So here we are, nine weeks on, and workwise nothing has changed since the start of the UK lockdown. There have been a few minor social differences: depending on which of the four UK countries you are in, you are now allowed to have a cup of tea at a 2-metre distance with up to either six or eight people (or more as long as they’re from no more than two households). But this hasn’t materially shaped how I am having to do my job.
Stupidly, I had convinced myself that we would be back to normal by now. One of the important skills of a scientific career is managing your own expectations, while also backing yourself to the hilt. As in – I am good enough to get this grant, so I will apply, but I won’t immediately quit if it doesn’t get funded. Expectation management has been particularly important during lab closure. Sadly, I have failed to manage my own expectations several times, particularly with regard to when things were going to return to normal. After a short e-mail exchange with an epidemiologist colleague, I made an arbitrary decision that the worst of the first wave of the pandemic in the United Kingdom would be over by Monday 18 May. I was sort of right — the daily case numbers and the death rate did start to decline around this time. However, this didn’t trigger an immediate lifting of lockdown (and, in hindsight, it was never going to).
Passing this arbitrary, self-imposed, line in the sand has helped me to understand that this is going to be a long process. I am not going to be going back in work five days a week for a long time. Realizing that we are going to be in this state for the long haul has triggered some reflection about the past ten weeks and the road ahead.
In terms of the physical and practical aspects of lockdown, since UK lockdown began on 23 March, I have: cooked 210 meals and run the dishwasher 90,000 times (± 89,910 times); walked, run or cycled 470 kilometres; drunk more wine than I want to admit; finished 10 TV series, 3 video games, 2 books and one sudoku; got through 16 kilograms of bread flour, baking terrible sourdough but passable pitta, naan and pizza; made smoked salmon, sausages, chorizo and wild-garlic pesto; been to the lab twice and had my hair cut at home once; planted cress (died), chilli (didn’t germinate) and sunflowers (surviving); fought and had fun with my children in equal measure; had 6 days of holiday but not a single holiday.
More importantly, I have had some time to reflect on the nature of my job. The main realization is that I still love science. This is great news, because quite a lot of my job as a scientist revolves around science. At the very start of this process, I wondered about what it meant to be a scientist without a lab. The answer is that it has been, and continues to be, quite odd. I miss the dynamism of projects moving forward, the excitement of experiments coming to fruition, the planning of the next steps. The times I have felt happiest at work in lockdown have been when I was doing my favourite two aspects of the job — writing (papers and reviews) and thinking of new ideas.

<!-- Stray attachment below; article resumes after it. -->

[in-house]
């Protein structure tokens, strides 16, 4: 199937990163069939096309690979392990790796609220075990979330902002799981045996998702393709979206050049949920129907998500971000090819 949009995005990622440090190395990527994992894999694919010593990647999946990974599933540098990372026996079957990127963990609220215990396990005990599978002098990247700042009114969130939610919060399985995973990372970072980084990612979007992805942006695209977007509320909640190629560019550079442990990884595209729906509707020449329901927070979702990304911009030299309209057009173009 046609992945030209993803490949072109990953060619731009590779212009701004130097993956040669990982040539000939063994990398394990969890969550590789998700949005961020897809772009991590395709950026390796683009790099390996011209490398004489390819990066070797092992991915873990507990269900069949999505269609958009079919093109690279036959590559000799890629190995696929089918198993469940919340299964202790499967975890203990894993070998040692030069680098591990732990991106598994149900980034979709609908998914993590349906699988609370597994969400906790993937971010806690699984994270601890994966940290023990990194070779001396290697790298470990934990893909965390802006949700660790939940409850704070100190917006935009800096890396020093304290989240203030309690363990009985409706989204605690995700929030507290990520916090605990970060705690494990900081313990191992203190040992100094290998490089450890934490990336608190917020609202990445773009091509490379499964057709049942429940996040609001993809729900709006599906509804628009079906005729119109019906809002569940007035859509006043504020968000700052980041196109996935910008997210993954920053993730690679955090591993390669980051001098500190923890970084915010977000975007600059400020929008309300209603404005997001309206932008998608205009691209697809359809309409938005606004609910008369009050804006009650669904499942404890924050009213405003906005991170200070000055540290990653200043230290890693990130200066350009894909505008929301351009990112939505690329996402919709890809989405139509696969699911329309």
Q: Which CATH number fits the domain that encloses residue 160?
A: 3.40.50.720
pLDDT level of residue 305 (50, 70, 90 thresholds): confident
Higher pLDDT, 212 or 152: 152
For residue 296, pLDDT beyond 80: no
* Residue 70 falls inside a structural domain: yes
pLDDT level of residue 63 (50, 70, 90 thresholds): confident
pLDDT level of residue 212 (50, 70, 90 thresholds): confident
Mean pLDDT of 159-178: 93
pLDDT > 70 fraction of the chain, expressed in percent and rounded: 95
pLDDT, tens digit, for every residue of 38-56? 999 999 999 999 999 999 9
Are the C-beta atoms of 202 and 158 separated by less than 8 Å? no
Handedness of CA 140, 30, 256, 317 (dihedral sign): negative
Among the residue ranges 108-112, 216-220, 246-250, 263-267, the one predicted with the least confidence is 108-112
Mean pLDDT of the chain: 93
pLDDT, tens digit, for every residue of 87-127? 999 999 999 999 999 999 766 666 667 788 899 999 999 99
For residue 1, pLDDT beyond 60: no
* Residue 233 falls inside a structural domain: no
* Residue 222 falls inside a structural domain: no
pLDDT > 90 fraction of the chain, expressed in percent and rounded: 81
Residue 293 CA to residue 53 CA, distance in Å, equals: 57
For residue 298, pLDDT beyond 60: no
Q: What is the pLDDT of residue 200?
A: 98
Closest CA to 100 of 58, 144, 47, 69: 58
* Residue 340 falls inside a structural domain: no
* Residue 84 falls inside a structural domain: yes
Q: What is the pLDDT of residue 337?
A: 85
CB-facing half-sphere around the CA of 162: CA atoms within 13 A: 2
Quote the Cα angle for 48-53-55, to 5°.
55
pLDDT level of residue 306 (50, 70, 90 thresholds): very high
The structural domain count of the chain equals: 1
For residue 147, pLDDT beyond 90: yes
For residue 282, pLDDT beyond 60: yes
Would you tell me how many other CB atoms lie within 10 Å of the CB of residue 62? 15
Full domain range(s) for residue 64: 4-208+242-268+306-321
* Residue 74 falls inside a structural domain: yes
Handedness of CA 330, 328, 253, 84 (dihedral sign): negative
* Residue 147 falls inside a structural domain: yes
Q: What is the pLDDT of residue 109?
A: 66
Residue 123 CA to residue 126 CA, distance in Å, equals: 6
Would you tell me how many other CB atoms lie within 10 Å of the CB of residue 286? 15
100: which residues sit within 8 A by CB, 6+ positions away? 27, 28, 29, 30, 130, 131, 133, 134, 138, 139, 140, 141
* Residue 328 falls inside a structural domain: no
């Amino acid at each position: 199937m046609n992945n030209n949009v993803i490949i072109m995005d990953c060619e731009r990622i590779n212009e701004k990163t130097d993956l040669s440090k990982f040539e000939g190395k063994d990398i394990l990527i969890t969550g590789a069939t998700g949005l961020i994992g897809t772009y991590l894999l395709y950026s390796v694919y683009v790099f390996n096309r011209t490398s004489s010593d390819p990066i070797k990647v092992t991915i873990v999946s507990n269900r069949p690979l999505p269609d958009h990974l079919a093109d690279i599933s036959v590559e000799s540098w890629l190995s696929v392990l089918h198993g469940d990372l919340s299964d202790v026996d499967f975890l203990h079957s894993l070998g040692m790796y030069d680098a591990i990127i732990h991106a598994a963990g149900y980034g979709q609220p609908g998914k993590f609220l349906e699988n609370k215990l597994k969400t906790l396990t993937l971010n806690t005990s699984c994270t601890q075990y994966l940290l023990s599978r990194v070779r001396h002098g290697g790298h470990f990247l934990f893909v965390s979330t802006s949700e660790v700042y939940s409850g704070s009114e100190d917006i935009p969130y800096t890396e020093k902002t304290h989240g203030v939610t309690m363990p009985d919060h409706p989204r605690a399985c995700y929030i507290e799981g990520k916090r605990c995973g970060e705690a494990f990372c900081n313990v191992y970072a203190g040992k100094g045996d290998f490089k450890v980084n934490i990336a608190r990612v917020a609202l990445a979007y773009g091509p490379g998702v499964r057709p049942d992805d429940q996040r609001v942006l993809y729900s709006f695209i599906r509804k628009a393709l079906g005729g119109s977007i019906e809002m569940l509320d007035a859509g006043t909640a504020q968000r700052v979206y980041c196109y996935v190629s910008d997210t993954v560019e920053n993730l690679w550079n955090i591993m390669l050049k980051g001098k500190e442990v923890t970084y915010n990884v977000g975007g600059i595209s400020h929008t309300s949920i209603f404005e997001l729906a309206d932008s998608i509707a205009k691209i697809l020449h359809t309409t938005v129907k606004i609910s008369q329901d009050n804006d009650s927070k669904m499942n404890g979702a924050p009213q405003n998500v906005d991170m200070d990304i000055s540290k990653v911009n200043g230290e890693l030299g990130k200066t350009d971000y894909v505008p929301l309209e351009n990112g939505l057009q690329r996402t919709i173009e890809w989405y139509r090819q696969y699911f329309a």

Busywork versus research
The problem has been that I haven’t had the time or head space to do as much science as I would normally. This has largely been because I have been bogged down in ‘busywork’ rather than ‘research work’. This includes the numerous meetings, deadlines and processes that are generated by the job but are not directly thinking, doing or writing science. Before lockdown, with more work time available, it was just about possible to balance these and still get some research done.
Having miscalculated how long I was going to be stuck at home, juggling parenting and working, there were quite a few of these things that I took on and then kicked into the long grass, assuming that I could fetch them back once we had returned. But I haven’t been able to recover, and my to-do list has now metastasized into its second page. This situation isn’t going to get better. I now have only 20 hours per week. Even cutting out the usual time I spend having tea and chatting to colleagues, I cannot do everything I used to. I really noticed it this week, when I took two days of annual leave to try to clear my head, only to feel twice as stressed when I returned.
I am going to have to start prioritizing even more. This is stressful, because choosing comes with opportunity costs — are the things I am turning down just busywork, or actually crucial? It’s always difficult to select between the action with the best long-term pay-off and the ones that are shouting to be done right now, but the task is now harder than ever, compounded by social pressures of not wanting to let people down.
Hopefully, as I come to terms with the current situation, I will find a sweet spot in which I can do the work I need to do at the same time as planning for the future, when things return (somewhat) to normal. If not, there is always more bread to bake and kilometres to run.